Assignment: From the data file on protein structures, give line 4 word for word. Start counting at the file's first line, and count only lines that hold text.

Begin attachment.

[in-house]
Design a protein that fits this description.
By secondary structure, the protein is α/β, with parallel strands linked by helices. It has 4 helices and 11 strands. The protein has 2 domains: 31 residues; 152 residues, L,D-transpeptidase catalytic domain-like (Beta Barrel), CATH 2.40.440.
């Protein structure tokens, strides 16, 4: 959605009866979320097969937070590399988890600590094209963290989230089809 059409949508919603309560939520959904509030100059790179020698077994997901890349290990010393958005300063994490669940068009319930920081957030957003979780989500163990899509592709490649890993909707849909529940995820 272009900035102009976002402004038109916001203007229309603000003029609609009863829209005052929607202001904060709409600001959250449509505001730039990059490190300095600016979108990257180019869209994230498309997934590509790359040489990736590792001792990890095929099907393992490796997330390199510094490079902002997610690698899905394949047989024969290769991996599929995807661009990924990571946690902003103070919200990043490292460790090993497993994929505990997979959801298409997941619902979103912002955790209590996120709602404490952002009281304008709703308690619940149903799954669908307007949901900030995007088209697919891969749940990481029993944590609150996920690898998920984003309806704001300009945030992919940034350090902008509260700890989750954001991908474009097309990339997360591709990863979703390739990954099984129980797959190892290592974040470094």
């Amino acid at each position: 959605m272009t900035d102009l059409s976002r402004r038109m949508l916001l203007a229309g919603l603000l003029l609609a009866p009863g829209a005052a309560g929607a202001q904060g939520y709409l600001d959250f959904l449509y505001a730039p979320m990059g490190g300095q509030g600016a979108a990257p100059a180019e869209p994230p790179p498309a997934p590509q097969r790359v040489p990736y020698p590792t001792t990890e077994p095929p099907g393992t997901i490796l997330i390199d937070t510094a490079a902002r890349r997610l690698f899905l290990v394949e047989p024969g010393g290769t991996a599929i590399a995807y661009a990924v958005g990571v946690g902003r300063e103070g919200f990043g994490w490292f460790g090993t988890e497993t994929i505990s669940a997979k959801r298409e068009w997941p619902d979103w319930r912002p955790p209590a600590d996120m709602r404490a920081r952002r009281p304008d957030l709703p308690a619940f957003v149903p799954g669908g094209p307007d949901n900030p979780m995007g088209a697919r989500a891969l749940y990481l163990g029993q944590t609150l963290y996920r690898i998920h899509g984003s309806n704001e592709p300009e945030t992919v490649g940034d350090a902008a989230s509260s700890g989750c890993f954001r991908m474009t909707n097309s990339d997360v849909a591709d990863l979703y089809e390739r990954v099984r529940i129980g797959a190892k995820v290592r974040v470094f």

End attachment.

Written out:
């Protein structure tokens, strides 16, 4: 959605009866979320097969937070590399988890600590094209963290989230089809 059409949508919603309560939520959904509030100059790179020698077994997901890349290990010393958005300063994490669940068009319930920081957030957003979780989500163990899509592709490649890993909707849909529940995820 272009900035102009976002402004038109916001203007229309603000003029609609009863829209005052929607202001904060709409600001959250449509505001730039990059490190300095600016979108990257180019869209994230498309997934590509790359040489990736590792001792990890095929099907393992490796997330390199510094490079902002997610690698899905394949047989024969290769991996599929995807661009990924990571946690902003103070919200990043490292460790090993497993994929505990997979959801298409997941619902979103912002955790209590996120709602404490952002009281304008709703308690619940149903799954669908307007949901900030995007088209697919891969749940990481029993944590609150996920690898998920984003309806704001300009945030992919940034350090902008509260700890989750954001991908474009097309990339997360591709990863979703390739990954099984129980797959190892290592974040470094």